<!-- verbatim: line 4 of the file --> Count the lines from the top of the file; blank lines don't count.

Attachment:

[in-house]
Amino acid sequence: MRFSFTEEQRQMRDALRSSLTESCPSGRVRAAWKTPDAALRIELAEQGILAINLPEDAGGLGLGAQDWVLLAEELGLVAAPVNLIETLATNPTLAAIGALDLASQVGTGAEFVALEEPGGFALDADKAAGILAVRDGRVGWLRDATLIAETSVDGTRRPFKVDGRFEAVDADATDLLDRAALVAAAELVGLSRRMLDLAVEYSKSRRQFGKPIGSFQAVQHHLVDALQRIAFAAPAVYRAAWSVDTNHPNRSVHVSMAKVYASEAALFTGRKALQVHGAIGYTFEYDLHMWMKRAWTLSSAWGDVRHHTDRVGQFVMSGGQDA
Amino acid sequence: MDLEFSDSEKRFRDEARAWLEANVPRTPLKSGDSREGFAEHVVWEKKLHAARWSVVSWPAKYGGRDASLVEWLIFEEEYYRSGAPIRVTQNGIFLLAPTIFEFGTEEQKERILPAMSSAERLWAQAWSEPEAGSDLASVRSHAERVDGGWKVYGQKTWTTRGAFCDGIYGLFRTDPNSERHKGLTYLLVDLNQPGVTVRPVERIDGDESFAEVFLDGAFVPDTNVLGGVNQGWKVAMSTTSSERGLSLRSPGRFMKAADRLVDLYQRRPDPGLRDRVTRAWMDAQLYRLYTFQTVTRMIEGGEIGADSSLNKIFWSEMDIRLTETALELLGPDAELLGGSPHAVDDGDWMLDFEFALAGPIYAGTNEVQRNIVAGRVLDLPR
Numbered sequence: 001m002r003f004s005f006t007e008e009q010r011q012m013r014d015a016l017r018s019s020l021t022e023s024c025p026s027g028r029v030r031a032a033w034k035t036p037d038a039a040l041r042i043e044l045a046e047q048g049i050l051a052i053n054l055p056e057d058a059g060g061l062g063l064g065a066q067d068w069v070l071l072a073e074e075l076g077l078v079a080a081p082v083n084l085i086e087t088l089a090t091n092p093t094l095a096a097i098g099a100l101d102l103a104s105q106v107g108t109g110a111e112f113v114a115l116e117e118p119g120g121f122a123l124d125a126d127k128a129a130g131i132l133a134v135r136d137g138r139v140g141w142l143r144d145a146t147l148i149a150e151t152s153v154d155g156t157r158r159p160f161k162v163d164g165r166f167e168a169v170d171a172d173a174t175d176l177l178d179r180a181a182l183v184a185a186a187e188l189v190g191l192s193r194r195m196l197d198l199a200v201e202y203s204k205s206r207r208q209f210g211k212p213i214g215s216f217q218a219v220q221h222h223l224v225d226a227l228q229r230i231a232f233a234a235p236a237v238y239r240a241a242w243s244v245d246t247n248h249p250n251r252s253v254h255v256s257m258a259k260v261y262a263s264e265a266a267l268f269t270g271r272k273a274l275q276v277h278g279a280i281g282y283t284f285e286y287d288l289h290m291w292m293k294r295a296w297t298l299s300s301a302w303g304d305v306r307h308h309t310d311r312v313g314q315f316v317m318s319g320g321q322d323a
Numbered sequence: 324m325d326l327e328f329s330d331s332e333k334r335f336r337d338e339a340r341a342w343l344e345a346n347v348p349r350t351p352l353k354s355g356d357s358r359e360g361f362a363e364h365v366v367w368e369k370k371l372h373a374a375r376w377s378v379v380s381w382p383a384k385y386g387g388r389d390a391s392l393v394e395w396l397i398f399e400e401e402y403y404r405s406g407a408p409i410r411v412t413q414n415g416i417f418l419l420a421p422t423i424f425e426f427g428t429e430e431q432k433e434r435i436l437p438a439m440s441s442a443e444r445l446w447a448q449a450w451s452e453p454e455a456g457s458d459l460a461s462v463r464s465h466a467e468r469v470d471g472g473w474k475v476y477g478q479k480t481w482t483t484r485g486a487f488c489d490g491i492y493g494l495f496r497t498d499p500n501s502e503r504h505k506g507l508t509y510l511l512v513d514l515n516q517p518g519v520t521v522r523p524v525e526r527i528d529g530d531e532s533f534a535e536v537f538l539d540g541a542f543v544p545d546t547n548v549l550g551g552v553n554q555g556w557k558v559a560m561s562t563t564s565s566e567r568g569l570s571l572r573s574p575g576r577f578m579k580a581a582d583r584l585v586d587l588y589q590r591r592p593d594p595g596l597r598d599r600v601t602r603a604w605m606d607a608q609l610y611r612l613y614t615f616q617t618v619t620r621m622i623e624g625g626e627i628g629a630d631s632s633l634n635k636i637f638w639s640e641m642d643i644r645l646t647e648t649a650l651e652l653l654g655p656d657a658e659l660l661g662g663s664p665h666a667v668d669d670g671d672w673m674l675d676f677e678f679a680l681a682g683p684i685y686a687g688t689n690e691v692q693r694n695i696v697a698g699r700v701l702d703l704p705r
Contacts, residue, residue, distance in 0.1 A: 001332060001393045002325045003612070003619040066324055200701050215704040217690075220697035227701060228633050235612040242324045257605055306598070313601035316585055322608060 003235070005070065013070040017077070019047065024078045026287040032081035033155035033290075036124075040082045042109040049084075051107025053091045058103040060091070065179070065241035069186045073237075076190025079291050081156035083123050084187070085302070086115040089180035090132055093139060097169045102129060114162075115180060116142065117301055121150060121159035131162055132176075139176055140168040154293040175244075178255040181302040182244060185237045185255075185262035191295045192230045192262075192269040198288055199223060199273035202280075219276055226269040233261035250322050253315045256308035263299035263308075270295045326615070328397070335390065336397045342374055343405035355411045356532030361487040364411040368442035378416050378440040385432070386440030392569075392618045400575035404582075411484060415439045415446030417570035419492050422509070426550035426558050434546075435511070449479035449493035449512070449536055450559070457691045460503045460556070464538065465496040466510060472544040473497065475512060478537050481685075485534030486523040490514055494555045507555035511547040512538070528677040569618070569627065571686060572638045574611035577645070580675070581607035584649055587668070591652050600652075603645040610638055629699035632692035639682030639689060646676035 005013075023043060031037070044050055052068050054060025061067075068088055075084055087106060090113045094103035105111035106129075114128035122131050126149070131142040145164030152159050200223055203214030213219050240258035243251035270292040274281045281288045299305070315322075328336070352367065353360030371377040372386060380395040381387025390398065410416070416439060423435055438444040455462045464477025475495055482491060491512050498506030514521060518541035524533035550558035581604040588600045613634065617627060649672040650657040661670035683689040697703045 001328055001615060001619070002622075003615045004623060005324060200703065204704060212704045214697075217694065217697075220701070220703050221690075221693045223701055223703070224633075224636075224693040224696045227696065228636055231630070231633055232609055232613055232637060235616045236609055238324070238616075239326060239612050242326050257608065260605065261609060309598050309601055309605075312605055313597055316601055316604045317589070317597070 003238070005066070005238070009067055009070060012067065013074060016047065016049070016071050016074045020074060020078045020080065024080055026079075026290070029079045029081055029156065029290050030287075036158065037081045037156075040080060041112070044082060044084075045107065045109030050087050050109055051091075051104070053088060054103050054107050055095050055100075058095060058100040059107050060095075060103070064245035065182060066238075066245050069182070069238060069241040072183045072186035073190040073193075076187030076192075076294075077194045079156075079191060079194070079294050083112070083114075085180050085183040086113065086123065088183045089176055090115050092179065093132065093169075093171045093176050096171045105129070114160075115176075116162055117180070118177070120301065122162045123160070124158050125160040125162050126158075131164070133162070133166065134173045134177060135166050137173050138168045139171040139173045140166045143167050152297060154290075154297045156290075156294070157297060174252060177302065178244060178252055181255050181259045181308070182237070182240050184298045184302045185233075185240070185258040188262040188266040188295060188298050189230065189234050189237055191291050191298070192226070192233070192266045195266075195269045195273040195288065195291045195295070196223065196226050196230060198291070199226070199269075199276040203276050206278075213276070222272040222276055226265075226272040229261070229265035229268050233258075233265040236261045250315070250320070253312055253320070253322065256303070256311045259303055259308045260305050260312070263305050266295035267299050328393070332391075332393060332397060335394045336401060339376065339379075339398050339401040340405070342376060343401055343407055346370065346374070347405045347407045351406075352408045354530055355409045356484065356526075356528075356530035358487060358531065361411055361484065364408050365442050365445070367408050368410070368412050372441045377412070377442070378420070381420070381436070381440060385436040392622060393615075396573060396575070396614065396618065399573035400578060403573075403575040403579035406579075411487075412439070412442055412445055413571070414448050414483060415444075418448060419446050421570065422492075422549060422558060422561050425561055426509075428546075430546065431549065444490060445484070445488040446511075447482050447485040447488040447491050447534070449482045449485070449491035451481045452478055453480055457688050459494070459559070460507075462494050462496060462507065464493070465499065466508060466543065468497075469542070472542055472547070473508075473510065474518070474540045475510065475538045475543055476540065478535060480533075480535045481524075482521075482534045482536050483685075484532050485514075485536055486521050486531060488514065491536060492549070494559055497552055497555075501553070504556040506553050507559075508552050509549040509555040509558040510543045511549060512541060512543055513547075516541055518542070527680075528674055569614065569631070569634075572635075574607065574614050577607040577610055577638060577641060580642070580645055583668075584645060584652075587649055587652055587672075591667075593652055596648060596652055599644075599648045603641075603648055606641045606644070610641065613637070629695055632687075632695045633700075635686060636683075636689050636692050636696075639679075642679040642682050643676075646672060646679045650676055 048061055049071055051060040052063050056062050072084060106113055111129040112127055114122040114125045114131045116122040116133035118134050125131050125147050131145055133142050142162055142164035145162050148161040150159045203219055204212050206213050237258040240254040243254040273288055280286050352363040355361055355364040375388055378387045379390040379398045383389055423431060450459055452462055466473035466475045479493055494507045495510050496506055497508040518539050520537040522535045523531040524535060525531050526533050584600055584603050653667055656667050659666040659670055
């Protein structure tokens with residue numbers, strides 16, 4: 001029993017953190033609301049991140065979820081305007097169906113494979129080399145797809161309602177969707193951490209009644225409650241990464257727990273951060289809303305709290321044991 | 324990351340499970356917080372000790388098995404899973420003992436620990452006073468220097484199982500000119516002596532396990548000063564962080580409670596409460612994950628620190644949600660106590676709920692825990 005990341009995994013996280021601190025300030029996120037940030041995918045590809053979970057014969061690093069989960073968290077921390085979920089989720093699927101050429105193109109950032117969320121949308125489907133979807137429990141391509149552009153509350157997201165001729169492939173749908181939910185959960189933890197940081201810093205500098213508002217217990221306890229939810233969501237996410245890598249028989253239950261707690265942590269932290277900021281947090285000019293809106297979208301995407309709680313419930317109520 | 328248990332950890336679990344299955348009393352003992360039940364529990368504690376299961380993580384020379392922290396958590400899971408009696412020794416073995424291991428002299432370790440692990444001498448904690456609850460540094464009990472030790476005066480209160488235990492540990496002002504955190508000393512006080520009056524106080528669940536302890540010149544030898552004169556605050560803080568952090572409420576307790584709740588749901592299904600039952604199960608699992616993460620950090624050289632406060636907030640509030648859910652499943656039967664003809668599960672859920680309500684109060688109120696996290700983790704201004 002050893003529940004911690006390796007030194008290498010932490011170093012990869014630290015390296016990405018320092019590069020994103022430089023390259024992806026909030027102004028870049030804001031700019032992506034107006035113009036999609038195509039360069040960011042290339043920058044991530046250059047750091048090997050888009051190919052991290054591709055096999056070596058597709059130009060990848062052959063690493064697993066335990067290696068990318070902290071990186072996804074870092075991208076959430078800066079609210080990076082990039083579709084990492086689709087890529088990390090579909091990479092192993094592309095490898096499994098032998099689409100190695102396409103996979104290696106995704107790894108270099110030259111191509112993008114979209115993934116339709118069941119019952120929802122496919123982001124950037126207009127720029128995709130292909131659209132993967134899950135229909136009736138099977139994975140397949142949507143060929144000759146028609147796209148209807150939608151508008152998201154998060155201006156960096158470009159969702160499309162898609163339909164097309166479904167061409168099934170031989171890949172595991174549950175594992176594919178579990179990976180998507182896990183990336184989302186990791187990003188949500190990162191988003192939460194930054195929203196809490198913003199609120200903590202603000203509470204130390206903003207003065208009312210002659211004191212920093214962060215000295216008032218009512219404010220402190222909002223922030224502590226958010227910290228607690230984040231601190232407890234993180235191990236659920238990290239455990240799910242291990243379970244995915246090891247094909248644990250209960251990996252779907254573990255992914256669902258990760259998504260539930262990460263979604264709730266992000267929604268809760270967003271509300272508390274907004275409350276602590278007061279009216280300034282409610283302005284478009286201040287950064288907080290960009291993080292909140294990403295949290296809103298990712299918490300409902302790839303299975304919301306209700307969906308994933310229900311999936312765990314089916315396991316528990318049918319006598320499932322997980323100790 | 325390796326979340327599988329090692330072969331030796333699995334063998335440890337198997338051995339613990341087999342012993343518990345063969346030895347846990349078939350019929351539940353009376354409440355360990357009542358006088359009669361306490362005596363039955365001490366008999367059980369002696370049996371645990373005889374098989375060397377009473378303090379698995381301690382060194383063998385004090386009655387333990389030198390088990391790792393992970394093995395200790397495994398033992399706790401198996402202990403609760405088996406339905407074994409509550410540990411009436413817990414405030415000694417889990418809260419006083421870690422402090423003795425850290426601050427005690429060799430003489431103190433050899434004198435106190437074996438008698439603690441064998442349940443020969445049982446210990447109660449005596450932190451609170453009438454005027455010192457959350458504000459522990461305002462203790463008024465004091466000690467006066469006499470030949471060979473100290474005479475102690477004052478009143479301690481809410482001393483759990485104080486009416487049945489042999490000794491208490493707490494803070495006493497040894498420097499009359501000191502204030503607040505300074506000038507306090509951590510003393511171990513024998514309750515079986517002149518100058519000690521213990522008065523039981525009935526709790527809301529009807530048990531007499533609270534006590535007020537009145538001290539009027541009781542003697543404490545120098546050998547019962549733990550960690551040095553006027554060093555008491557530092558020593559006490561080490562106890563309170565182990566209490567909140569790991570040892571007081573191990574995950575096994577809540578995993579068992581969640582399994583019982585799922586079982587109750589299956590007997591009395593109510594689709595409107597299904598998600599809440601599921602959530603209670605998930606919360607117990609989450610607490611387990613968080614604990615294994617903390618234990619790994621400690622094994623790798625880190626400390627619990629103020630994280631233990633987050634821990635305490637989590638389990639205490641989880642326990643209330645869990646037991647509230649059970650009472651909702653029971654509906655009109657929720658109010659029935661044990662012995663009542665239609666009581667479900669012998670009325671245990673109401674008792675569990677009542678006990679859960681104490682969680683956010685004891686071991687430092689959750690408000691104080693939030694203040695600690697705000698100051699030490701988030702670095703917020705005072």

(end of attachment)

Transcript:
Numbered sequence: 001m002r003f004s005f006t007e008e009q010r011q012m013r014d015a016l017r018s019s020l021t022e023s024c025p026s027g028r029v030r031a032a033w034k035t036p037d038a039a040l041r042i043e044l045a046e047q048g049i050l051a052i053n054l055p056e057d058a059g060g061l062g063l064g065a066q067d068w069v070l071l072a073e074e075l076g077l078v079a080a081p082v083n084l085i086e087t088l089a090t091n092p093t094l095a096a097i098g099a100l101d102l103a104s105q106v107g108t109g110a111e112f113v114a115l116e117e118p119g120g121f122a123l124d125a126d127k128a129a130g131i132l133a134v135r136d137g138r139v140g141w142l143r144d145a146t147l148i149a150e151t152s153v154d155g156t157r158r159p160f161k162v163d164g165r166f167e168a169v170d171a172d173a174t175d176l177l178d179r180a181a182l183v184a185a186a187e188l189v190g191l192s193r194r195m196l197d198l199a200v201e202y203s204k205s206r207r208q209f210g211k212p213i214g215s216f217q218a219v220q221h222h223l224v225d226a227l228q229r230i231a232f233a234a235p236a237v238y239r240a241a242w243s244v245d246t247n248h249p250n251r252s253v254h255v256s257m258a259k260v261y262a263s264e265a266a267l268f269t270g271r272k273a274l275q276v277h278g279a280i281g282y283t284f285e286y287d288l289h290m291w292m293k294r295a296w297t298l299s300s301a302w303g304d305v306r307h308h309t310d311r312v313g314q315f316v317m318s319g320g321q322d323a